Thomas McGee 9:23
Yeah, that's a very good way of encapsulating it, I think. And the interesting thing, I think, as well is that the number of creators that we're seeing is now growing exponentially, right? I think that's, I think what's interesting is now that everybody starts to see that they have the ability to create to become a content creator, is showing people that you don't necessarily have to go through the gatekeepers anymore. I think that's one of the amazing things about the internet, particularly the past 10 years, is the fact that for most people, the whole the only way that you're going to, you know, get noticed the only way you're going to get an audience you could kind of be a creator with an audience would be to have a radio show or a TV show or to have to be to star in a film. And that's just no longer the case, really, anybody with a smartphone can start creating content. And I think that's one of the amazing things that has been provided to each of us. I think that where you and I come in John, is that we're starting to show people kind of a new avenue where they can share that content without having to go through what's becoming the new gatekeepers, which is a lot of social media platforms.
John Meese 10:31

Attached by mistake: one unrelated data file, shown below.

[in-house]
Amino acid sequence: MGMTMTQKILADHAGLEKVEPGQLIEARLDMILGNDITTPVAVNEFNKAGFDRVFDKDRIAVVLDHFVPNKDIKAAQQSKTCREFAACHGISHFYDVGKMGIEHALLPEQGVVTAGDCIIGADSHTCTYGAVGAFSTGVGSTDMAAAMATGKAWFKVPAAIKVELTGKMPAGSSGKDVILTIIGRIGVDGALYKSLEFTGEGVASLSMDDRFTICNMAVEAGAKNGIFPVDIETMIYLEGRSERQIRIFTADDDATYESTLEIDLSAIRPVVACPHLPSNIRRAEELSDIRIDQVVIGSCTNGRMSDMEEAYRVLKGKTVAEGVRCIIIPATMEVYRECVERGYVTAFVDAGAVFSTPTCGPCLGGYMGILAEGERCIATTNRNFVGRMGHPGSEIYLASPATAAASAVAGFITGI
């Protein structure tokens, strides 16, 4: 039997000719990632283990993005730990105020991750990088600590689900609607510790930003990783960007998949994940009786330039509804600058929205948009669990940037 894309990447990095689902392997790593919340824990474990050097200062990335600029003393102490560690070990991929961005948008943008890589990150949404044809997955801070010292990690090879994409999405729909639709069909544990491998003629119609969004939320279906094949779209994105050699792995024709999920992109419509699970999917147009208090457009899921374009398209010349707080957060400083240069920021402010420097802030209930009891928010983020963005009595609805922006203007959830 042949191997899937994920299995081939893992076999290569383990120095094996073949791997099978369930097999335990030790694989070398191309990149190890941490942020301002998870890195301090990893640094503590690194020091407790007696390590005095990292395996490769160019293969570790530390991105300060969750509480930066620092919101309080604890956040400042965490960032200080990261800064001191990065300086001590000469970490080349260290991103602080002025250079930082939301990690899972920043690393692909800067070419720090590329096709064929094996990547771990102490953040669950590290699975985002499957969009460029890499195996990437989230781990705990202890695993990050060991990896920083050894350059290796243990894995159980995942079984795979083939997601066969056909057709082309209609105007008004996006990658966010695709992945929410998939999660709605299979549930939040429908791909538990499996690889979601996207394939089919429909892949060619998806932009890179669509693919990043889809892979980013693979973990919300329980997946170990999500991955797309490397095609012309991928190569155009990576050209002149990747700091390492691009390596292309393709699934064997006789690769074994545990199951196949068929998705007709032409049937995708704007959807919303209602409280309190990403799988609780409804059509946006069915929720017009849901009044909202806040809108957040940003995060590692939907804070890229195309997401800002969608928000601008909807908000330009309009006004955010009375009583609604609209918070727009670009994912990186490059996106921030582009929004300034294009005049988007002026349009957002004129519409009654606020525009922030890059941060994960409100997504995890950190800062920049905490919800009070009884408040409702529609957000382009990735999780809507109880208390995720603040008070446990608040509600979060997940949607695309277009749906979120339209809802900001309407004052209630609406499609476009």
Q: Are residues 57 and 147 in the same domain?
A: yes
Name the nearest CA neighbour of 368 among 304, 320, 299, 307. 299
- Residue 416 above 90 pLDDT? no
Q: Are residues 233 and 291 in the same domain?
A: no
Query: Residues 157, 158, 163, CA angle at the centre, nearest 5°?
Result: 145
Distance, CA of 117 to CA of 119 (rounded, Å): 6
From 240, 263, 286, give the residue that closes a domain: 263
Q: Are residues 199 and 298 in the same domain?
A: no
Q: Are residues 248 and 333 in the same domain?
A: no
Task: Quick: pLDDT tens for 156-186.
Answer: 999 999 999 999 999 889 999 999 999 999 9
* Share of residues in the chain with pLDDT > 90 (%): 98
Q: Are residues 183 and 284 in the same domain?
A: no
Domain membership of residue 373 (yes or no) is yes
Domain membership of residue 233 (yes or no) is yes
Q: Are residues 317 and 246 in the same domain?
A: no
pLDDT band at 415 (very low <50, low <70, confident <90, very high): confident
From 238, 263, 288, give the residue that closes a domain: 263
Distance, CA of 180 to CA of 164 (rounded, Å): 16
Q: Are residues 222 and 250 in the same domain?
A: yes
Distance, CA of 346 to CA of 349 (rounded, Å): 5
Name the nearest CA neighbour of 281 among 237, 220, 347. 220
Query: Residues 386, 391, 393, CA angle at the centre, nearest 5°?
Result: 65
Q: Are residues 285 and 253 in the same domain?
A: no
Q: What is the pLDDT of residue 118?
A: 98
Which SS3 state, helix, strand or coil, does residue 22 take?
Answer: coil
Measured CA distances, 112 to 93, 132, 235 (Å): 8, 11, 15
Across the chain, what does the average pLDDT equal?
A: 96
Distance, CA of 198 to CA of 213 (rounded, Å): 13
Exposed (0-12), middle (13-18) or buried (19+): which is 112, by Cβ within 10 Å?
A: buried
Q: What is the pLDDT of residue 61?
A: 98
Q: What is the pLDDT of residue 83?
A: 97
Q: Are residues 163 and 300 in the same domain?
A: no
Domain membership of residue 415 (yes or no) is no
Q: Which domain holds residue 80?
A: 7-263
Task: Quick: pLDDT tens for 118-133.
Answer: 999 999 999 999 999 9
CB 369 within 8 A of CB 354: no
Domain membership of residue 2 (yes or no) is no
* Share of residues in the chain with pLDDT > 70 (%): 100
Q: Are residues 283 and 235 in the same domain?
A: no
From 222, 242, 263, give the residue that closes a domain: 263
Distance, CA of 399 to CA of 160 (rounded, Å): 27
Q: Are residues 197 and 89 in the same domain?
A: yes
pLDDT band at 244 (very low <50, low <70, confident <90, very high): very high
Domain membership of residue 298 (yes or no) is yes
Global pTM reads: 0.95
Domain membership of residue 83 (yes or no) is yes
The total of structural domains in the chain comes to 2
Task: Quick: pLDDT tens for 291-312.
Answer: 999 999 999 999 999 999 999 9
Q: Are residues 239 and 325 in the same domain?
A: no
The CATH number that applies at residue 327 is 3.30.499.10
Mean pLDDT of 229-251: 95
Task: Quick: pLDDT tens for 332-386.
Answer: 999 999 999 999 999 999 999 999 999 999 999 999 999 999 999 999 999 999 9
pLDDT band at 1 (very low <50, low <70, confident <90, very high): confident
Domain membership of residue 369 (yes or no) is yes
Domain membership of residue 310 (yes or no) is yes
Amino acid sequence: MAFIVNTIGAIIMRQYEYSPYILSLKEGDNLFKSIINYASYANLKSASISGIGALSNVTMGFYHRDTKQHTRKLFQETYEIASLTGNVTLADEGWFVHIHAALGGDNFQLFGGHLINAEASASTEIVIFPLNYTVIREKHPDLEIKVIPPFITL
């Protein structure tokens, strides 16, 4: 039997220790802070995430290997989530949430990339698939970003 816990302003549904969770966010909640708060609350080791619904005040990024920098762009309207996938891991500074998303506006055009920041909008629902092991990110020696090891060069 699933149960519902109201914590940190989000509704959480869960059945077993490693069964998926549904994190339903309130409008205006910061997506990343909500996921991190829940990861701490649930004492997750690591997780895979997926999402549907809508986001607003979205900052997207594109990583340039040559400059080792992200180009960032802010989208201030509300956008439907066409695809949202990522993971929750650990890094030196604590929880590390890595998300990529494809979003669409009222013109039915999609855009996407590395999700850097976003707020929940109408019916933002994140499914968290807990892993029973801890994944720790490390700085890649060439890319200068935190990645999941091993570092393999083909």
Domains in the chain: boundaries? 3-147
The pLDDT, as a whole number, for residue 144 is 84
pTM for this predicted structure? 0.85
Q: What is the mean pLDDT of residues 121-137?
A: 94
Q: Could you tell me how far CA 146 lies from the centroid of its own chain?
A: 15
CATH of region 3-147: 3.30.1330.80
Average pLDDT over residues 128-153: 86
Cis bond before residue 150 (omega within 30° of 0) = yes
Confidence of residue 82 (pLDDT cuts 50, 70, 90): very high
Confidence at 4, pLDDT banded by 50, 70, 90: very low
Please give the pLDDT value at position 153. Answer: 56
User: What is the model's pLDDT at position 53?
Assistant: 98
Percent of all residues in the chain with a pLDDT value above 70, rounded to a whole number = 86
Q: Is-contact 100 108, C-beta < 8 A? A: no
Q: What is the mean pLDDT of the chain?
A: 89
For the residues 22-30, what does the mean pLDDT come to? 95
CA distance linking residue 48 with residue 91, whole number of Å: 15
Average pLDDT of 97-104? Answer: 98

Yeah, let's talk about that for a second. Because just from like, the philosophy of the internet, you know, that was part of the reason why the dawn of the internet age was so exciting was because of this, you know, anybody and everybody can skip the gatekeeper. I mean, it used to be that if you wanted to publish a book, I mean, you literally had to just get in line with a publisher, and hope that they picked your book, to appear on bookshelves all over the world, for most of the history of the written word, that was how books were published. But with the with really the rise of self publishing technology, you know, now you don't really have the same filter, you know, gatekeepers, you know, you can, you can go and create a book and publish it. And you have to do the hard work to actually build a dedicated group of fans, a dedicated audience. But you can do that, I mean, that that power is within your control. So that's one of the things that is most exciting about the internet is that it kind of it really, you know, levels, the playing field in many ways by get by removing those gatekeepers. I mean, once upon a time, the gatekeepers keepers were like, the king, I mean, it was literally like, if you wanted to get a proclamation out there, you had to go to the king and hope he would he liked your idea enough that he would do it. And so over time, we've had less and less gatekeepers and more just availability of everyday people to be able to share what they have to say. And I hope that that resonates with people. I think that's a wonderful thing. That's I mean, that's one of the cool things about the internet, social media. You know, the, the promise of social media is pretty cool, which is this idea that you can connect to everyone on the planet directly on these platforms, whether it be Facebook or Twitter, or Instagram, you can share snippets of your life or your business and create with them. And you can build the group of fans on social media. And so there are some good things about social media. But one of the biggest problems just from a philosophy of the internet and of information. One of the biggest problems that especially the rise of social media brings is the reintroduction of gatekeepers. And this has been something I've been saying for the last five years with Platinum University, it's been something that I've been saying on a weekly basis, regularly. And so this is not a new thing by any means. However, a lot of people suddenly realized that social media platforms were gatekeepers, for the first time right at the beginning of 2021. So this is interesting. We're talking about this timing wise, Thomas, you know, right, after, you know, basically all these gatekeepers started to flex their muscles a little bit. So I don't want to spend too much time talking about that, because I know that people have, you know, well, I think it's worth talking a little bit about it, just just just to kind of make it clear, like philosophically where we stand as far as the internet goes. So but I'd love to give you a chance to speak into that, Thomas. I mean, what do you think when you think back on, you know, just the last several weeks, I mean, you and I happen to be together for a partnership retreat, the day that Twitter blocked the President of the United States from permanently ever, ever accessing his Twitter account, and then proceeded to immediately blocked 70,000 Twitter users who they had flagged as, you know, providing misinformation or or, you know, being on the fringe the same day that, you know, Facebook, you know, blocked the President of the United States's account, and then a lot of other conservative accounts. And, you know, then it just became kind of spiraled from there. You know, like the kind of like, the the efforts to censor across the board. What's, what's your take on all that?